A study among young Portuguese subjects showed that nomophobia, the fear of being disconnected from one’s phone, is linked to general feelings of inadequacy and inferiority, as well as to compulsive behavior.
Are you afraid of being disconnected from your phone for too long?
This could be a sign of a deeper feeling of inadequacy and inferiority and a tendency towards obsessive-compulsive behavior. This is the result of a study conducted by researchers at Ohio State University on young Portuguese subjects. The results were published in the journal Computer in Human Behavior Reports.
The more time spent with the smartphone, the greater the stress.
The researchers studied the psychology of people suffering from nomophobia, i.e. people who are afraid of being separated from their phones. “It’s this fear, this feeling of panic, of ‘oh no, I left my phone at home’,” says Ana-Paula Correia, author of the study. The study is based on previous work by the researcher, who created a questionnaire to assess people’s dependence on their smartphones. Another questionnaire to assess psychopathological symptoms such as anxiety, obsessive-compulsive disorder, and feelings of inadequacy was distributed in Portugal to 495 participants aged between 18 and 24 years.
The study found that the more time they spend on the phone, the more stressed they feel when not holding their smartphones. The higher the obsessive-compulsive score of the participants, the more worried they are about being separated from their phones. This psychological characteristic was measured by asking participants to assess how much they feel they need to check and recheck what they are doing on their phones. The results showed that the volunteers spend on average between 4 and 7 hours a day on their smartphones, mainly to browse social networks.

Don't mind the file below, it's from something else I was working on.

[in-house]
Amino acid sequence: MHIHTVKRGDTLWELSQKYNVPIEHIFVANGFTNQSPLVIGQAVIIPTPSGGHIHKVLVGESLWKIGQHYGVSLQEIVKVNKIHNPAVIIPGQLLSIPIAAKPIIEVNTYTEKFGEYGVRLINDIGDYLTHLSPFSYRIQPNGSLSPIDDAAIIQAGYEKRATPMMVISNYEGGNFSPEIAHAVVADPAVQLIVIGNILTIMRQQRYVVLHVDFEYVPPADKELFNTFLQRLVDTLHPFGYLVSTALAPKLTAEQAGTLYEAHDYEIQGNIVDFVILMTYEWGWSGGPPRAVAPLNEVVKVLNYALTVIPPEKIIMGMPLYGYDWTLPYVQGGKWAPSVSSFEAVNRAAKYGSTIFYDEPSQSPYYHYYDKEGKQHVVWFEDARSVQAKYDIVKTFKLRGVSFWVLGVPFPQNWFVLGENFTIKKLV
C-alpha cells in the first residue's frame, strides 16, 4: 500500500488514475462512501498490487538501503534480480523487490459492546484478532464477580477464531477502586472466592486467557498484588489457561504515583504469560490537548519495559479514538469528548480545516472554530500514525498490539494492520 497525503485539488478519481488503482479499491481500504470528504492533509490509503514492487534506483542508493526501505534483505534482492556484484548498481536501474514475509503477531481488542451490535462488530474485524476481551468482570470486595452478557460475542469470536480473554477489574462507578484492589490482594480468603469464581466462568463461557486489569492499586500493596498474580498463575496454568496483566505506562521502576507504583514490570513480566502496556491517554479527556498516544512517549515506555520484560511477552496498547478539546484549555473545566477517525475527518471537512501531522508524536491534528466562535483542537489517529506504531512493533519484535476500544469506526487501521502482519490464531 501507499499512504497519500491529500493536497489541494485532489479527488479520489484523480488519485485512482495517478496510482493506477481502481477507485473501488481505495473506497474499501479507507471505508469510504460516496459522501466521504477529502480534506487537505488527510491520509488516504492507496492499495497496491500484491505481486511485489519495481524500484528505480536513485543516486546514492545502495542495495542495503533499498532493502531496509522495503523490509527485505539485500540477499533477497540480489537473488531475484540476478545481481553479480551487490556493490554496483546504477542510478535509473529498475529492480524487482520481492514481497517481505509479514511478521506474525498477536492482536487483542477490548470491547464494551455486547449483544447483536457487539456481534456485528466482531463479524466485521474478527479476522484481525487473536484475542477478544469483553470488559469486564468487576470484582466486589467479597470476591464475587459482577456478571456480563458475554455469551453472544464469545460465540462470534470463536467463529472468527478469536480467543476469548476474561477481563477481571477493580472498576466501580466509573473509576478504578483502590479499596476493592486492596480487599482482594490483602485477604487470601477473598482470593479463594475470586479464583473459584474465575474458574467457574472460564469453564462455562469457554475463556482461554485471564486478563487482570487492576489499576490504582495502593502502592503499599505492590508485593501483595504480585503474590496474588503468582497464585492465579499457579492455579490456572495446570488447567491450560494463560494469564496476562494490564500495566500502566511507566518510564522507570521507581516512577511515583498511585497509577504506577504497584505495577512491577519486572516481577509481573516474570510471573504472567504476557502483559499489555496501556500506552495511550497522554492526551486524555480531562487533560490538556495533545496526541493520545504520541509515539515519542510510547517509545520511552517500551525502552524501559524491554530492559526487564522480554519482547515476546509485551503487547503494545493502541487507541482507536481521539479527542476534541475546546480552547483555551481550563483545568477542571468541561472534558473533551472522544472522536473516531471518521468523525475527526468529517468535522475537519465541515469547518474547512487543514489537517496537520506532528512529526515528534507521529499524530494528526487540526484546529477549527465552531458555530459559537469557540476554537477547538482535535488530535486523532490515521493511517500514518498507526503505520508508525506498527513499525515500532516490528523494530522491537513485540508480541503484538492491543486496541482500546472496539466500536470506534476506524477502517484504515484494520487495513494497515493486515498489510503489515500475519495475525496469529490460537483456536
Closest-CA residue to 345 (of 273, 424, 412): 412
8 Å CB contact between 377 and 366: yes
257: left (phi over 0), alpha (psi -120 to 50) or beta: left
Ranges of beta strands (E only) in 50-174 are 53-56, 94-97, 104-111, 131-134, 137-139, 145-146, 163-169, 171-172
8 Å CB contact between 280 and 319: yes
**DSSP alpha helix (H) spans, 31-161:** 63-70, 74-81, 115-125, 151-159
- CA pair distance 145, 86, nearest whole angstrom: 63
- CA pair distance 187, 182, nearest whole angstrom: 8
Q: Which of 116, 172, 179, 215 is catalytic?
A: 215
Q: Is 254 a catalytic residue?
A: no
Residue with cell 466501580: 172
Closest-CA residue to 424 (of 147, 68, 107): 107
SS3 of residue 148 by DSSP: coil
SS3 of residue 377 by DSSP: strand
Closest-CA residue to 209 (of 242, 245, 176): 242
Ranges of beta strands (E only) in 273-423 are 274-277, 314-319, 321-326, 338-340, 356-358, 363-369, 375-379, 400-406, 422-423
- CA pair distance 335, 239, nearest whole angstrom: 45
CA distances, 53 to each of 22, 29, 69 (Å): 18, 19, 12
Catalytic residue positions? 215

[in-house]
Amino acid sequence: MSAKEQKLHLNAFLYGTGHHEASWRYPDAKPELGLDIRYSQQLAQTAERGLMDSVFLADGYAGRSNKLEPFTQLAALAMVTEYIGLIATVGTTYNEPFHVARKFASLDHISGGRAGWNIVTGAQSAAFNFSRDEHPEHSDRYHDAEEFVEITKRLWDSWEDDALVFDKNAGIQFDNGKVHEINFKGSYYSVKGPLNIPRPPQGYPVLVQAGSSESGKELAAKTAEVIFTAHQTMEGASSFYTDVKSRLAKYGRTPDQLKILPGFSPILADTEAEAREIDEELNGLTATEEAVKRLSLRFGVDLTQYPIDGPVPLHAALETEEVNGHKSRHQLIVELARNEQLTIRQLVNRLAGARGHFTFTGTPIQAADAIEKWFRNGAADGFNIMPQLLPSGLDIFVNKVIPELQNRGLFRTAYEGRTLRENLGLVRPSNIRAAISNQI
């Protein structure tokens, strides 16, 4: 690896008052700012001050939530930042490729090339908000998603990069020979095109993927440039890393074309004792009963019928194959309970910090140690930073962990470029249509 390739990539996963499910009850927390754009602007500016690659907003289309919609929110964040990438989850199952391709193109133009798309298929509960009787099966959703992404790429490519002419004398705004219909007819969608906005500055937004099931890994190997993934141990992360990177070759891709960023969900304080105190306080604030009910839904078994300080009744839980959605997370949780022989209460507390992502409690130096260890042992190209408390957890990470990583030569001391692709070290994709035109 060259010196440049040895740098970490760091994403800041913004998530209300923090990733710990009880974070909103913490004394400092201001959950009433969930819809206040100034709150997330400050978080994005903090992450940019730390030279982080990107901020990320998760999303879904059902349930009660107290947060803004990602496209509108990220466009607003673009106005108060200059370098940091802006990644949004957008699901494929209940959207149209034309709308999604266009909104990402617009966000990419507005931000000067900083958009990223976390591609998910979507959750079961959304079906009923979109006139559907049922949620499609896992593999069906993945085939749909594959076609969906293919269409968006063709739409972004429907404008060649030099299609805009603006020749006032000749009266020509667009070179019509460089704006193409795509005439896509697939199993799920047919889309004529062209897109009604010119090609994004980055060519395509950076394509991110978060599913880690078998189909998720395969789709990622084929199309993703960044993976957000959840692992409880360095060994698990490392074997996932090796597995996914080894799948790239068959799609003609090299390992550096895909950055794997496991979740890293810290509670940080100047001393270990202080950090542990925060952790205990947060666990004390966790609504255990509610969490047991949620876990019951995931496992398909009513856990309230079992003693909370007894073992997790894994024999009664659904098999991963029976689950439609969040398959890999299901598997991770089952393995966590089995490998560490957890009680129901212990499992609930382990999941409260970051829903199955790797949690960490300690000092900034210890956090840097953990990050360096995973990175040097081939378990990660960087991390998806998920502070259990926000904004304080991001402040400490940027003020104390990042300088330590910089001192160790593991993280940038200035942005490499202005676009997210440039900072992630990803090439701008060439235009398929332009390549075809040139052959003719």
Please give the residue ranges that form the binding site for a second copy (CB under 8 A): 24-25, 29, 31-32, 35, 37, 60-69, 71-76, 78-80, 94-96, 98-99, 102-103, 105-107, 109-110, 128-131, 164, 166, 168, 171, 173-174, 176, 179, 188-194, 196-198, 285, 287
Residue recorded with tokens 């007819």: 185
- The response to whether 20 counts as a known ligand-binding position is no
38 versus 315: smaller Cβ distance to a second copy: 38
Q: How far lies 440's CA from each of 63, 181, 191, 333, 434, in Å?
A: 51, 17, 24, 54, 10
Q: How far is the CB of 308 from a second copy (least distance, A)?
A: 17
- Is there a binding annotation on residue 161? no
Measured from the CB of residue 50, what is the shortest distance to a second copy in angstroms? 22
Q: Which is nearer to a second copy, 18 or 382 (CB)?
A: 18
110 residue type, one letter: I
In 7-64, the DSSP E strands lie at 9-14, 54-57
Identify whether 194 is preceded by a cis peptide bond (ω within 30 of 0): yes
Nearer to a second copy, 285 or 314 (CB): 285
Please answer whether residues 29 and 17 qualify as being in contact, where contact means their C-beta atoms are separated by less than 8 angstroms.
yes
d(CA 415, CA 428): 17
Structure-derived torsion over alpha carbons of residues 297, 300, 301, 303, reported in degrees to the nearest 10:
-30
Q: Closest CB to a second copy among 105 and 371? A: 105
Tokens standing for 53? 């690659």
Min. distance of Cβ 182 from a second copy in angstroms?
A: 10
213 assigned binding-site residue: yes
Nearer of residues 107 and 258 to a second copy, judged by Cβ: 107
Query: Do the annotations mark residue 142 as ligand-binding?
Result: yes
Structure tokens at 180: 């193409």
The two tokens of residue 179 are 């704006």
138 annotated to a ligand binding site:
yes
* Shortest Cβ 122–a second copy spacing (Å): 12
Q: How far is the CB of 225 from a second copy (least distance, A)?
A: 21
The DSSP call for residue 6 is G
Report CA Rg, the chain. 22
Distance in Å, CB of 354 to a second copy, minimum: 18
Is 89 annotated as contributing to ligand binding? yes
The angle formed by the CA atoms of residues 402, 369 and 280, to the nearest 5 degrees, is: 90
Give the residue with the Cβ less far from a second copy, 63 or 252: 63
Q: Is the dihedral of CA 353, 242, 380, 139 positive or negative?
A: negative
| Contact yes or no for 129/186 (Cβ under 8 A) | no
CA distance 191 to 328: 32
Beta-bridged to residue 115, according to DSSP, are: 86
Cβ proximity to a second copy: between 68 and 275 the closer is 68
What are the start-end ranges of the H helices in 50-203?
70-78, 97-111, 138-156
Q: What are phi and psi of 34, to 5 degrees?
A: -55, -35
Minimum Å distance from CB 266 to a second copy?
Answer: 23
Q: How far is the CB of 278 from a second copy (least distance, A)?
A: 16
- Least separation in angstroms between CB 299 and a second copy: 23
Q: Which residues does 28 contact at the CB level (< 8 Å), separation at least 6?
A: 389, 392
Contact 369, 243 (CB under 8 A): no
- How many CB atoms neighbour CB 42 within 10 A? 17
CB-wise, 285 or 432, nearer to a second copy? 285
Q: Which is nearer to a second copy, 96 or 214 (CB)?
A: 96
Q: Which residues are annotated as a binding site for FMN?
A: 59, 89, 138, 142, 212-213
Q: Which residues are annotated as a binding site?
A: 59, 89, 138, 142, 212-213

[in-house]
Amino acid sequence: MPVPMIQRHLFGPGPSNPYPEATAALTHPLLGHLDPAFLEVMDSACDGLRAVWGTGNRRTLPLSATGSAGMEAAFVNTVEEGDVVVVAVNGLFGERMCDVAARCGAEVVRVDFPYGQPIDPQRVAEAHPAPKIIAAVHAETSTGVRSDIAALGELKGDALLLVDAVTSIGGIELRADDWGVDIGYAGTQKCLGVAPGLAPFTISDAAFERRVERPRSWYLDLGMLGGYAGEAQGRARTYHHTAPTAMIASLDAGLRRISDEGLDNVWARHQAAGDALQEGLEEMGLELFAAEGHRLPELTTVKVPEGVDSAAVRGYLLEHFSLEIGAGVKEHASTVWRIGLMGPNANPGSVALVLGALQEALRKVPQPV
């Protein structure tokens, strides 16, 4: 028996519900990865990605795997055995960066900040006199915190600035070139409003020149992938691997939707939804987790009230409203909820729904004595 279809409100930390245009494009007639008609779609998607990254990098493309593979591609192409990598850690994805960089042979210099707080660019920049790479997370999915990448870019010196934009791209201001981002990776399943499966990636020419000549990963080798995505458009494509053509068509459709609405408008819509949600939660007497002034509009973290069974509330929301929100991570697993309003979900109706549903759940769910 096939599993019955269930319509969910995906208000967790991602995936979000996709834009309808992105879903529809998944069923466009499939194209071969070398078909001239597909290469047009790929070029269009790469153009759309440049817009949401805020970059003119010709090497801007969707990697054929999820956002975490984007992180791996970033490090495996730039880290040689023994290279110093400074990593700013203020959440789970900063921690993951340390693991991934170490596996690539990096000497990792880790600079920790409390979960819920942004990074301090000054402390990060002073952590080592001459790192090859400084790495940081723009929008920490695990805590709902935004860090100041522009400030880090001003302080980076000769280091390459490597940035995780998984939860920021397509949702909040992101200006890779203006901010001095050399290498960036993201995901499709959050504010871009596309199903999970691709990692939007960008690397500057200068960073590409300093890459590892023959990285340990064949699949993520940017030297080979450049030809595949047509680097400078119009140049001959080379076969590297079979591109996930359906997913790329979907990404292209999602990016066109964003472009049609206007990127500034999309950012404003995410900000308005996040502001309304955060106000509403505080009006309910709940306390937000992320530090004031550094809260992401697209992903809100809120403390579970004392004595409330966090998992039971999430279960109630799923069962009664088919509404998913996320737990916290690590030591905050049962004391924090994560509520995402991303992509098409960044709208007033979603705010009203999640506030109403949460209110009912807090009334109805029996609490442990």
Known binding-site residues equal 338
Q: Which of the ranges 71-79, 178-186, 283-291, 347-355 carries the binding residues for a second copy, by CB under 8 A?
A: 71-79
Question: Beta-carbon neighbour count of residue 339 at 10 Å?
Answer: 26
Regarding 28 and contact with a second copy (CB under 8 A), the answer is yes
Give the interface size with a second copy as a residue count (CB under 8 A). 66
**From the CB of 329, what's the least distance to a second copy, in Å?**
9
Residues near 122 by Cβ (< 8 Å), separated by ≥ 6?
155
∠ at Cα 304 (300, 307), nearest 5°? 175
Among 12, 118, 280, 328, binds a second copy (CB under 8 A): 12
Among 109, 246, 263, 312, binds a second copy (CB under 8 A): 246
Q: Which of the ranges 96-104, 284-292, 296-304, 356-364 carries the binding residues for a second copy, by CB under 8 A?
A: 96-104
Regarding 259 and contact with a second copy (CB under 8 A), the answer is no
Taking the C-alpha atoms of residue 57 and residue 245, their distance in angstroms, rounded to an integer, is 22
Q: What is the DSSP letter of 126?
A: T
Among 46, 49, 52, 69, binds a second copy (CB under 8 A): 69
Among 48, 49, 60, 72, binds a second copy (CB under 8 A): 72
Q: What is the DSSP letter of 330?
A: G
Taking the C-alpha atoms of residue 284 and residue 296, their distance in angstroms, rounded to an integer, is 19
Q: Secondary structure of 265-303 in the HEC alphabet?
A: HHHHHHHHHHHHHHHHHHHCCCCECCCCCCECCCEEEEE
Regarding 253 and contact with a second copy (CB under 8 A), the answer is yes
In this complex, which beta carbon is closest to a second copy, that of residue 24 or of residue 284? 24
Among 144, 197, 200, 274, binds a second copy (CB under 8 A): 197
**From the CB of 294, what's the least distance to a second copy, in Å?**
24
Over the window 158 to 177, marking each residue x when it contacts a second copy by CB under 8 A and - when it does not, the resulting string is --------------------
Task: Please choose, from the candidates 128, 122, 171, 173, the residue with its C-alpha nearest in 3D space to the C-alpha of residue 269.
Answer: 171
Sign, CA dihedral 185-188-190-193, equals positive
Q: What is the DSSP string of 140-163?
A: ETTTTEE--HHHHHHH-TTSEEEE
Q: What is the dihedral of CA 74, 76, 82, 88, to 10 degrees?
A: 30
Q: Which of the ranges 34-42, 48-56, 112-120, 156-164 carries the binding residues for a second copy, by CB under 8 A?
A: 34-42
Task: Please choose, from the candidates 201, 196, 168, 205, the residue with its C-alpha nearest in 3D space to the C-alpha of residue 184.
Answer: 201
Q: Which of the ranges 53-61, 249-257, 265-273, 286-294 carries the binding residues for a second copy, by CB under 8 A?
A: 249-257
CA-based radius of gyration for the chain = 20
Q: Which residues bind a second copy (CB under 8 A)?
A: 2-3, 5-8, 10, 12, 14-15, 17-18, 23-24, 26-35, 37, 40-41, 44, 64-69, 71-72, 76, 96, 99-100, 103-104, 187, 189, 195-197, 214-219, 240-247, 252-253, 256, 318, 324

The phone, a false tool for stress management
Researchers believe that the use of the phone affects the psychological state of the person using it. “There is a difference between the normal use of a smartphone that benefits a person’s life – for example, video calls with friends when you can’t be together in person or use it for work – and the use of a smartphone that interferes with a person’s life,” says Ana-Paula Correia. This kind of behavior tends to cause anxiety when we’re not on the phone.
People who show signs of anxiety may see phones as a way to manage their stress, which could explain why they feel, panicked when they don’t have their phones. “This concept is not limited to the phone,” says the researcher. People use their phones for other tasks, such as social networking, to make contacts and find out what’s going on with the influencers in their social network. So if they are not on the phone or have a phone with a low battery, which could somehow interrupt that connection, they may experience discomfort as a result.